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Publication numberUS5219721 A
Publication typeGrant
Application numberUS 07/869,679
Publication dateJun 15, 1993
Filing dateApr 16, 1992
Priority dateApr 16, 1992
Fee statusPaid
Also published asEP0566080A2, EP0566080A3
Publication number07869679, 869679, US 5219721 A, US 5219721A, US-A-5219721, US5219721 A, US5219721A
InventorsRoger L. Klaus, Ingo H. Leubner, Michael E. Ryan
Original AssigneeEastman Kodak Company
Export CitationBiBTeX, EndNote, RefMan
External Links: USPTO, USPTO Assignment, Espacenet
Silver halide photographic emulsions sensitized in the presence of organic dichalcogenides
US 5219721 A
Abstract
This invention provides a method of preparing a silver halide photographic emulsion which comprises adding to the silver halide emulsion before or during sensitization a non-labile chalcogen compound represented by Formula I:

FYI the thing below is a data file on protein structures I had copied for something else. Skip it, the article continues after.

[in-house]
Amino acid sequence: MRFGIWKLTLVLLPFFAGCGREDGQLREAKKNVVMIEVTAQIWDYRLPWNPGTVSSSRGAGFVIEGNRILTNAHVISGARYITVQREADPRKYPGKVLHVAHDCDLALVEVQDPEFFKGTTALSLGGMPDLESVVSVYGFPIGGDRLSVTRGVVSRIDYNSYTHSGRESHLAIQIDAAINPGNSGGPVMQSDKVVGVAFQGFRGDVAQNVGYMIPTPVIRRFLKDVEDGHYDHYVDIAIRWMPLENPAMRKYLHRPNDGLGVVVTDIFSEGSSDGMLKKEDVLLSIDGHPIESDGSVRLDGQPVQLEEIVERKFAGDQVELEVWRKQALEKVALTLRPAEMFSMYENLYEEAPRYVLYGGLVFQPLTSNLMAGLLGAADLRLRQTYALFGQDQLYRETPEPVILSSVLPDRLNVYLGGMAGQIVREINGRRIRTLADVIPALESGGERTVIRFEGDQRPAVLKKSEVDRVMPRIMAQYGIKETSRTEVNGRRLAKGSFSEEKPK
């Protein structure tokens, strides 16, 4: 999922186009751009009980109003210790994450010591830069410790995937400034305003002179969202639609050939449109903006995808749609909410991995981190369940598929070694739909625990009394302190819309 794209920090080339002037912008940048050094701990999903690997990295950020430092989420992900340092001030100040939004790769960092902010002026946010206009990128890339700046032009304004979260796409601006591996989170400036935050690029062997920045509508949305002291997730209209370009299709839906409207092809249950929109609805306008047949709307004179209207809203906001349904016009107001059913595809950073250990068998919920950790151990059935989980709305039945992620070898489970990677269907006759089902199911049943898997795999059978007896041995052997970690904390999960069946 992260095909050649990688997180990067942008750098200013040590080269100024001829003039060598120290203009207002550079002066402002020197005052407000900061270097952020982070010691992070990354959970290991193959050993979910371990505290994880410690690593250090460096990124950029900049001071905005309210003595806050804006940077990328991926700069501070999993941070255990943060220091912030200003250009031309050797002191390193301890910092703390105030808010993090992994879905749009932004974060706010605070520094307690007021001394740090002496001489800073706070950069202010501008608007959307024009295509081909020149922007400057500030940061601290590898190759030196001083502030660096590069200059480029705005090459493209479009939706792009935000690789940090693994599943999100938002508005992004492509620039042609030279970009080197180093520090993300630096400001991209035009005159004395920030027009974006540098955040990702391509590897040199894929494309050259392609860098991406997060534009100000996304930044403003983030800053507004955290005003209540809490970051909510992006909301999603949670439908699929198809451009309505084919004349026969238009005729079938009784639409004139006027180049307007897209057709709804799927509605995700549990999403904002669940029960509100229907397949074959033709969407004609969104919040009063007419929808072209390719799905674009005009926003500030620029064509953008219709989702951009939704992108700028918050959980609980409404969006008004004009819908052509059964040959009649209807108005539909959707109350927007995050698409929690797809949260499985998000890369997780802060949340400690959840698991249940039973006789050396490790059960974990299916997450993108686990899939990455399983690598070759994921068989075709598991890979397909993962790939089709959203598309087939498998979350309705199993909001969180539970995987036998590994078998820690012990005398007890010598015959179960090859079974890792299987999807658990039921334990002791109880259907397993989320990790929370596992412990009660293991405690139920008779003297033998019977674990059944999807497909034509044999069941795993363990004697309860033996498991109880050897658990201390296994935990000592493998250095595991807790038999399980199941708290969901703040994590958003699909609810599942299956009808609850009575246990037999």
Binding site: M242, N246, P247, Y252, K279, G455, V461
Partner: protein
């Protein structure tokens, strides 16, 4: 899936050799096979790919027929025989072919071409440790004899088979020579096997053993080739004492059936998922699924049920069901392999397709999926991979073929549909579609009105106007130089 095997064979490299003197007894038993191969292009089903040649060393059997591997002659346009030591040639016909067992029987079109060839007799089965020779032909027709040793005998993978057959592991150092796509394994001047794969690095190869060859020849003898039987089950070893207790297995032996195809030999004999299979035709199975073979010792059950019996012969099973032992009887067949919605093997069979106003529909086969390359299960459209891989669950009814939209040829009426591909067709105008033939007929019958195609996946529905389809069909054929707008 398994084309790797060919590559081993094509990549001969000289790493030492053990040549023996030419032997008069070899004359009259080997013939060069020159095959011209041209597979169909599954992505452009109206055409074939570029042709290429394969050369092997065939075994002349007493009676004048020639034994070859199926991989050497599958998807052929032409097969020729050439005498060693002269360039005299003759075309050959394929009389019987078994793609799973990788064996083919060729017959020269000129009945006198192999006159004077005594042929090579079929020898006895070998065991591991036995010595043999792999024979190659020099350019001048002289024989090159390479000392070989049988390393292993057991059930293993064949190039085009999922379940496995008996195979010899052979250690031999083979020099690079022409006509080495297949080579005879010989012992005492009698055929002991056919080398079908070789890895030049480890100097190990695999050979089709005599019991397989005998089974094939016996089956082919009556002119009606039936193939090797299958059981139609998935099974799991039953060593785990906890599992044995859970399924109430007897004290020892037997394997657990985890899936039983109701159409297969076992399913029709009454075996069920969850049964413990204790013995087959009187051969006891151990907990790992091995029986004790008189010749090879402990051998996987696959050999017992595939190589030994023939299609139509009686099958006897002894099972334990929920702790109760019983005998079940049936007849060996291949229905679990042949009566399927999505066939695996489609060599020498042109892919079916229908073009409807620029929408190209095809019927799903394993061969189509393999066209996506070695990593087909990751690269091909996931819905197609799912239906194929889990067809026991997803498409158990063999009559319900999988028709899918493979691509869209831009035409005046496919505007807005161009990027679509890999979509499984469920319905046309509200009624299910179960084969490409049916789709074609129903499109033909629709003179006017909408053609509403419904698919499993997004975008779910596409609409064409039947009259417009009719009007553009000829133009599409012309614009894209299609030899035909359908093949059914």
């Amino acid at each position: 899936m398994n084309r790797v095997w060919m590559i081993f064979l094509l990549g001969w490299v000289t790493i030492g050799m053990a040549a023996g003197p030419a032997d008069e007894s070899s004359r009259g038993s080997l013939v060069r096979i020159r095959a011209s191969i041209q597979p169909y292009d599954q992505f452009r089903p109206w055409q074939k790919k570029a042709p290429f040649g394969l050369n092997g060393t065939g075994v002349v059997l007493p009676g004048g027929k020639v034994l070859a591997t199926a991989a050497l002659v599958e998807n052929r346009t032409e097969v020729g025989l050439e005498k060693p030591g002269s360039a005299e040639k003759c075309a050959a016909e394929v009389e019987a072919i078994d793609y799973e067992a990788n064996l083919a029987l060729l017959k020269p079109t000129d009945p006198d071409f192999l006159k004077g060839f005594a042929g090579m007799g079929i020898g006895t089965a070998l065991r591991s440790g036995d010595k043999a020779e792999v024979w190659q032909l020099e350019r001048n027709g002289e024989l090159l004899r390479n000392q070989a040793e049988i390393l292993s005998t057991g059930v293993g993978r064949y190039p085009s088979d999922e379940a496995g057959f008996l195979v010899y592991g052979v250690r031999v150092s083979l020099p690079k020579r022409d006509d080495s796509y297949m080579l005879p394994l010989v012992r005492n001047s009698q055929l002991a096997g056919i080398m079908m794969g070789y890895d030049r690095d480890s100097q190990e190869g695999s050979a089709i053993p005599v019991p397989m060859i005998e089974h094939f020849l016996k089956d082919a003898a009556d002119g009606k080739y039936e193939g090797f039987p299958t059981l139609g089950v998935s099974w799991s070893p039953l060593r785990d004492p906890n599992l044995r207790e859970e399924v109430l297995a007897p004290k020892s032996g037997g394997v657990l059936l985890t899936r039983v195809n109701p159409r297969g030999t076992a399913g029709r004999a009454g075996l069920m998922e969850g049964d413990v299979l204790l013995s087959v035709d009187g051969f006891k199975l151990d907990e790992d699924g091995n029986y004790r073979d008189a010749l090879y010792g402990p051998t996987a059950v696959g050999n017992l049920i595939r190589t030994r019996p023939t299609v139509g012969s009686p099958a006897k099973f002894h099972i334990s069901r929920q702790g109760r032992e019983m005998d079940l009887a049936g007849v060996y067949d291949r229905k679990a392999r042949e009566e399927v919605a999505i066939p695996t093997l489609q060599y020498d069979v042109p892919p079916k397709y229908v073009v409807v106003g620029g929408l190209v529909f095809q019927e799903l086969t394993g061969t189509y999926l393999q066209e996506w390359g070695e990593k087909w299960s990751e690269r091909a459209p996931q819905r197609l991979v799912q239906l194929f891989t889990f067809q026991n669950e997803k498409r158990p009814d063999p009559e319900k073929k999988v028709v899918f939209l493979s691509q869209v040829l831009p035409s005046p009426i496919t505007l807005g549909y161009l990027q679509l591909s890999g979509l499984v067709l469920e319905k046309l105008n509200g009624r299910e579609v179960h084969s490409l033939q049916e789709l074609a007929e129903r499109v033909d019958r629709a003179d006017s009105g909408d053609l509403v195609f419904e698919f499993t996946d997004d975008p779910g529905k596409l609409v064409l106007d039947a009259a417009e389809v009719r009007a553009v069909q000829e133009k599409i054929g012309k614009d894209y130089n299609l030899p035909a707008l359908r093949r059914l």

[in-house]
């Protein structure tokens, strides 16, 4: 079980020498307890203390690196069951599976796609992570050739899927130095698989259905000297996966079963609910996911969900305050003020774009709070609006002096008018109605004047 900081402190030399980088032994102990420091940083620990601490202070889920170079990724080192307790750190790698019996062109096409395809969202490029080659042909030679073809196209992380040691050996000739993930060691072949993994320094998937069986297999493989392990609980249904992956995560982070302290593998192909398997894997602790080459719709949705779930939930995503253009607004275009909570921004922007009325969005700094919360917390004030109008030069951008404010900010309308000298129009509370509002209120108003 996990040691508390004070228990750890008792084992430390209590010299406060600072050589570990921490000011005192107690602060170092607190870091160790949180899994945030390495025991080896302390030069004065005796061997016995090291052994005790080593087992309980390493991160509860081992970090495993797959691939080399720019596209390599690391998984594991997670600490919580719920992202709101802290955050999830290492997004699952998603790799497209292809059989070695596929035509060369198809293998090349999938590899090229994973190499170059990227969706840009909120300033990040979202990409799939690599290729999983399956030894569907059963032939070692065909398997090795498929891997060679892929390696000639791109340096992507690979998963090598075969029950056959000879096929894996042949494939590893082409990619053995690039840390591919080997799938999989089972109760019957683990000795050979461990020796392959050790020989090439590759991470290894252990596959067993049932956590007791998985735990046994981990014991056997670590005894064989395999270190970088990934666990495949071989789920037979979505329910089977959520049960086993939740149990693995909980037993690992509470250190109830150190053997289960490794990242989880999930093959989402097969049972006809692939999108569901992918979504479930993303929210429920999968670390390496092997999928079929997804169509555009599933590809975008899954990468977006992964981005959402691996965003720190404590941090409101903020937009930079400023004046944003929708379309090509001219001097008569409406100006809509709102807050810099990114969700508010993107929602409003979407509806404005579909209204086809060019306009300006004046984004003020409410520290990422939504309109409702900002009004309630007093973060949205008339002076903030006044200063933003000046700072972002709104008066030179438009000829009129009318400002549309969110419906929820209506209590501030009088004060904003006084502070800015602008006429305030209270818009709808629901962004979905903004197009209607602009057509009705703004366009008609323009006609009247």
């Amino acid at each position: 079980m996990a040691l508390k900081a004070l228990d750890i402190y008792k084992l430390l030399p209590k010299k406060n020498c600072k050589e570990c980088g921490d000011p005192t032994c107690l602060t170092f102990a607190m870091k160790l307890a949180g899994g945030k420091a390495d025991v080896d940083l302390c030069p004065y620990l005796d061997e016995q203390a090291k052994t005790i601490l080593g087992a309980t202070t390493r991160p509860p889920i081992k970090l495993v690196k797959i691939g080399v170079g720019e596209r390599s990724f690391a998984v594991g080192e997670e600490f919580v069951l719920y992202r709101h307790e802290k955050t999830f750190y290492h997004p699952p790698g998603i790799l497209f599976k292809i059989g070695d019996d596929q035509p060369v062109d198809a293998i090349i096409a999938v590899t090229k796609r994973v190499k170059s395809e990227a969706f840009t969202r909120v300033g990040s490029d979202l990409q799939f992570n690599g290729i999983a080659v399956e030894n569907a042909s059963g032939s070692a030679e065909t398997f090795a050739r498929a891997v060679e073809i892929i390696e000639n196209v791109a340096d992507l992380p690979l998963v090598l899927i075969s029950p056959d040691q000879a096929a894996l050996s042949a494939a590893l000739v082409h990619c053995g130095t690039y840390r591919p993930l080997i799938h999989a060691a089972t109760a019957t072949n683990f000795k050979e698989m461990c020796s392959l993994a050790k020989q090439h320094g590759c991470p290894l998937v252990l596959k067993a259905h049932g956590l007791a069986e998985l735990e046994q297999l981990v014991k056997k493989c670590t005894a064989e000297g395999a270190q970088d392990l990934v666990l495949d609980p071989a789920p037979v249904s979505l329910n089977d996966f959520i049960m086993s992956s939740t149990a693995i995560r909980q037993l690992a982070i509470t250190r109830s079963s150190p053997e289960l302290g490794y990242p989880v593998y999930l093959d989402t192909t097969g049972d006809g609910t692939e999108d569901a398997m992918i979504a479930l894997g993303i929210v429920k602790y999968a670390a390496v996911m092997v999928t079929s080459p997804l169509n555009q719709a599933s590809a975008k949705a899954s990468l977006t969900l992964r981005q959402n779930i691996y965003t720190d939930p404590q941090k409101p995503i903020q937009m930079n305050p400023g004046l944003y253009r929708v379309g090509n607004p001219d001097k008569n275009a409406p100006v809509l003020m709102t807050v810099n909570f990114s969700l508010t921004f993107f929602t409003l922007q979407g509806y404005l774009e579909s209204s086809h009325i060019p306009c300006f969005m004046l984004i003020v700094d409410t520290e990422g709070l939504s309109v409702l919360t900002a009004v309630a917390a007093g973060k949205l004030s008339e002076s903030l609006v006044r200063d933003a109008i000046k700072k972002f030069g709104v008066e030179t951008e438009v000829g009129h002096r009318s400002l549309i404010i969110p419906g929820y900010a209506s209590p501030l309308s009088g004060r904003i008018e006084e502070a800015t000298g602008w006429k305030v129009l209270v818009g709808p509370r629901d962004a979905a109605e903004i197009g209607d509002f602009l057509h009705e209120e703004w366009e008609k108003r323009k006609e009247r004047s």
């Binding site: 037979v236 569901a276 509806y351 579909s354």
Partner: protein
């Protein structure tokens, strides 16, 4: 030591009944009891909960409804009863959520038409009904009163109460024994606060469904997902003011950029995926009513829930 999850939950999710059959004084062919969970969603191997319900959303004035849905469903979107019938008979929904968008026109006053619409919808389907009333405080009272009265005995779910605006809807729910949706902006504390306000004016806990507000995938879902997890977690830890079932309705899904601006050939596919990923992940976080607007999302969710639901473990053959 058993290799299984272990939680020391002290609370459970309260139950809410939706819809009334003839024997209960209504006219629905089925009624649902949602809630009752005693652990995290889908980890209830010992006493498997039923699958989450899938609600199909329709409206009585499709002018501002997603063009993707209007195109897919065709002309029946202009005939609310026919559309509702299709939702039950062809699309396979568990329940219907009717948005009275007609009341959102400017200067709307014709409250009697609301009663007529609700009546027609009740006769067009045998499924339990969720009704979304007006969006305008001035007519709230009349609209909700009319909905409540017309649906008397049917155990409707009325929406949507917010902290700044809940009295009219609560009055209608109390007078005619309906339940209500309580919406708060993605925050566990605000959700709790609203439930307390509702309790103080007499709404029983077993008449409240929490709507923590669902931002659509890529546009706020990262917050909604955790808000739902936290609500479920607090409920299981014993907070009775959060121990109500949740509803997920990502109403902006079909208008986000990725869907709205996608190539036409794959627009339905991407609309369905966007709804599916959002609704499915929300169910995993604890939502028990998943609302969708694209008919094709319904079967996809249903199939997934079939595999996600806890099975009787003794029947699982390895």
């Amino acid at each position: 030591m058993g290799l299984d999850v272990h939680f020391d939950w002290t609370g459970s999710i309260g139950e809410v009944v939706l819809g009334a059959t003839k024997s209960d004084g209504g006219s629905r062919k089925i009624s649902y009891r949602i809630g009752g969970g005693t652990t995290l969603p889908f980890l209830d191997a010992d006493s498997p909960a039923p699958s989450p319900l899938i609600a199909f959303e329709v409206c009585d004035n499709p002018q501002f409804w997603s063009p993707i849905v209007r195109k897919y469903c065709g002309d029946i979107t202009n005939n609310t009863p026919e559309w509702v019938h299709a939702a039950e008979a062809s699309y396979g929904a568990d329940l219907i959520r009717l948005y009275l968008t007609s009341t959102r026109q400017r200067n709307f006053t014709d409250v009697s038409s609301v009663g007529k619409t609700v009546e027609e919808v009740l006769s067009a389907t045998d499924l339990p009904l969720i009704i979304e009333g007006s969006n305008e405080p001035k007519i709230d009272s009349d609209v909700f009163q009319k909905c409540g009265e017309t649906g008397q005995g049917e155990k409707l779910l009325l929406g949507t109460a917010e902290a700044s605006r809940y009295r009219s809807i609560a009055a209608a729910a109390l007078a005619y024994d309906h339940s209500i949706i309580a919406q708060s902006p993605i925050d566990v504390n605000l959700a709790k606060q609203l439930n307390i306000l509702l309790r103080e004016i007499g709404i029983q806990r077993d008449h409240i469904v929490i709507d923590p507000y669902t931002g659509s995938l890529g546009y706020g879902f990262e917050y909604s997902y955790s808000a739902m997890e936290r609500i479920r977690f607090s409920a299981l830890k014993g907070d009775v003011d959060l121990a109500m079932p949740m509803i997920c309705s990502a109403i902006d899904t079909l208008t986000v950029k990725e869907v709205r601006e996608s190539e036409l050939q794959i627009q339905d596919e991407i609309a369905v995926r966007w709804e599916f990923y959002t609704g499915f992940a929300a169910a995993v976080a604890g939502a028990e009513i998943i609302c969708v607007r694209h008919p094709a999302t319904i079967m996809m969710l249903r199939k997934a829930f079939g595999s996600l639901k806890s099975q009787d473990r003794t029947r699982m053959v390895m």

R1 --X1 --X2 --R2                      (Formula I)
It further provides a silver halide photographic emulsion prepared by the above method.
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Claims(20)
What is claimed is:
1. A method of making a photographic silver halide emulsion comprising
precipitating and sensitizing a silver halide emulsion and
adding to the silver halide emulsion after precipitation and before or during spectral/chemical sensitization an antifogging amount of a non-labile chalcogen compound represented by Formula I:
R1 --X1 --X2 --R2                      (Formula I)
where X1 and X2 are independently S, Se, or Te; and R1 and R2, together with X1 and X2, form a ring system, or are independently substituted or unsubstituted cyclic, acyclic or heterocyclic groups.
2. The method of claim 1 wherein R1 and R2 are independently substituted alkyl or aryl groups; the dichalcogenide molecule is symmetrical and the molecular weight is greater than 210 g/mol.